Chilly, misty weather didn't dampen the spirits of more than 150 people who attended the Nov. 5 opening of the Fort Bragg, N.C., Army Wellness Center (AWC).

"Today, we officially open a facility focused exclusively on improving the health and wellness of our community. This Army Public Health Command program is going to make a difference here at Fort Bragg," proclaimed Lt. Gen. Frank G. Helmick, commander, 18th Airborne Corps and Fort Bragg, during the ceremony.

The wellness center at Fort Bragg exemplifies the capabilities of U.S. Army Public Health Command (Provisional)'s Army Wellness Center Program. It offers the standardized programs that USAPHC (Prov) hopes to develop at major Army installations, as well as major installations that are joint with other services.

This goal cannot be achieved without the support of senior leaders like Helmick, medical treatment facility commanders and staffs, and USAPHC (Prov) health promotion and wellness experts.

"This facility couldn't have been put together without a team who did awesome work, under budget and before the scheduled date. From idea to ribbon cutting was nine months of hard work and effort," Helmick explained.

Both Helmick and Brig. Gen. Timothy K. Adams, USAPHC (Prov) commander, emphasized that collaboration and cooperation are key to the successful launching of AWCs.

"This was a collaborative effort by the Army Public Health Command, the 18th Airborne command, the Fort Bragg garrison, and Womack Army Medical Center," Adams said.

The wellness center also underscores two commitments that the Army has made to Soldiers and retirees, their families and DoD civilians. It strengthens the Army Family Covenant's promises of improved, more holistic health care and service to families, as well as the Army surgeon general's commitment to a focus on prevention and sustaining good health.

Adams said that the Army Medical Command is "moving from a system that is reactionary and treatment-focused, a 'sick-care system' so to speak, to one that is proactive and focused on prevention, health promotion and wellness. This system for health will be enhanced by the Army Wellness Centers."

When all 38 planned sites are completed, the Army will have a standardized system in place to help keep its people healthy, he added.

The mission of wellness center development was assigned to MEDCOM, and in turn given by the surgeon general to the USAPHC (Prov).

The centers focus on health assessment, physical fitness, healthy nutrition, stress management, general wellness education and tobacco education. All programs are free for Soldiers and retirees, family members and DoD civilians.

The Fort Bragg AWC was developed after the model of the five USAPHC (Prov)-designed AWCs existing in Europe. The basic model of a wellness center can be reproduced in any location and customized to support the needs of each community, according to Adams.

"The AWCs will have tactical relevance and will integrate health promotion and wellness to enhance the military community," explained Kym Ocasio, program manager for Health Promotion Operations at USAPHC (Prov).

The center at Fort Bragg has a wide variety of state-of-the-art equipment to ensure that fitness and wellness can be assessed, according to Todd Hoover, director of Army Wellness Centers-Europe, who coordinated the new AWC.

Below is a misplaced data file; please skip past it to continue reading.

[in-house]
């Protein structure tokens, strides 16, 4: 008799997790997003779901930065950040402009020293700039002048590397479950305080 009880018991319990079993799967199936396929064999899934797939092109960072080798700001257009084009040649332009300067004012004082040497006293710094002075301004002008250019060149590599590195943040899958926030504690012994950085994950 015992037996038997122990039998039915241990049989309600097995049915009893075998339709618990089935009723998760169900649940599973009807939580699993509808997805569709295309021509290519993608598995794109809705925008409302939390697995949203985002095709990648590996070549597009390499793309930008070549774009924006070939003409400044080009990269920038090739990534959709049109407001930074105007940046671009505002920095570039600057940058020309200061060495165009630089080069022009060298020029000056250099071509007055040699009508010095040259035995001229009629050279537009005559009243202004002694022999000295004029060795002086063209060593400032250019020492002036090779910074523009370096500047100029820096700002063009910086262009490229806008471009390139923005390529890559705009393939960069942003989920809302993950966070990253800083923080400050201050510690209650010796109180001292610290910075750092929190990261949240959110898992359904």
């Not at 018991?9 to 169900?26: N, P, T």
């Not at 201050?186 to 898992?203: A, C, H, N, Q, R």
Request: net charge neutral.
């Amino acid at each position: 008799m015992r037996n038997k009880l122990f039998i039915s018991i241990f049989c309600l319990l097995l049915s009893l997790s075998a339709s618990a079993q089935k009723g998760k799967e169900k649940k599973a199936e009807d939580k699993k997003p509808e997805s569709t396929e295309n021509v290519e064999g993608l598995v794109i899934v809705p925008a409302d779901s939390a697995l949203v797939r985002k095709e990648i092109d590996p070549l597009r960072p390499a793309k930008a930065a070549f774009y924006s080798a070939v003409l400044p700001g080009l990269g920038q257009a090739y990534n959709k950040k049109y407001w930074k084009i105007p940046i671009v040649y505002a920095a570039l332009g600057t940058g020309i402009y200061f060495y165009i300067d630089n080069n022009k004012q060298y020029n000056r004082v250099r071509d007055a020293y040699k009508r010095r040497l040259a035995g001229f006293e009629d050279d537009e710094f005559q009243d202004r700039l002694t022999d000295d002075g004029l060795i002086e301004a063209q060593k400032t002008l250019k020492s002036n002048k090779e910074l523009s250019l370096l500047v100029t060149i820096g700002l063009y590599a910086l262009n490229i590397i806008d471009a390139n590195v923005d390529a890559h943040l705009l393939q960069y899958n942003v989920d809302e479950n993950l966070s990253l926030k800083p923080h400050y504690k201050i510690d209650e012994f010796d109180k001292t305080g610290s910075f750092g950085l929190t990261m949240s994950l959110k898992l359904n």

The services offered-including body fat measurement, metabolic testing and measurement of the volume of oxygen consumed while exercising-would cost as much as $3,000 per customer from private sources, according to Hoover.

By sustaining and improving fitness, nutrition and general health, the center is saving money for the Army and health system beneficiaries, according to Hoover. Savings may accrue through reduction or prevention of such things as duty days lost to injury or illness, reduction or mitigation of chronic health conditions caused by lifestyle choices such as smoking and obesity, and stress reduction.

This AWC focuses on health promotion and learning how to enhance and sustain a healthy lifestyle for members of the Fort Bragg community, according to Maj. Heidi Whitescarver, chief of Public Health Nursing at Womack and acting director of the new AWC.

For commanders, training and readiness are enhanced. For all beneficiaries, the opportunity of improved quality of life and health increases, she said.

"The USAPHC's experienced team helped with every aspect of the wellness center including coordinating equipment and setup, and hiring and training the health service professionals who will staff the center," Whitescarver continued.

Referrals to the wellness center will come through partnership with the local medical treatment facility, although Soldiers and retirees, their families, and civilian employees do not need a referral to use the facility.

"This is a good idea for the Army. The cost benefit of preventing illness or disease rather than treating someone after they develop a problem is substantial," according to Col. Jeffrey L. Kingsbury, chief of Preventive Medicine at Womack.

Womack's commander agreed.

"This is an important, well-needed resource for the hospital. We need to get into a preventive medicine mode, and I am encouraging the physicians at [Womack] to visit the center and see what it offers and then to make referrals for patients who could use the AWC services," explained Col. Brian T. Canfield, hospital commander.

But ultimately, it's the individuals the wellness center serves that are Helmick's focus.

"If we can find one person and work with them before something becomes a problem, we will be doing our job. This was a huge deal, and we couldn't have done it without General Adams, his team, the military treatment facility and the garrison. This facility may just be the first of its kind here at Fort Bragg, but as we see its effectiveness, we may build more," he said.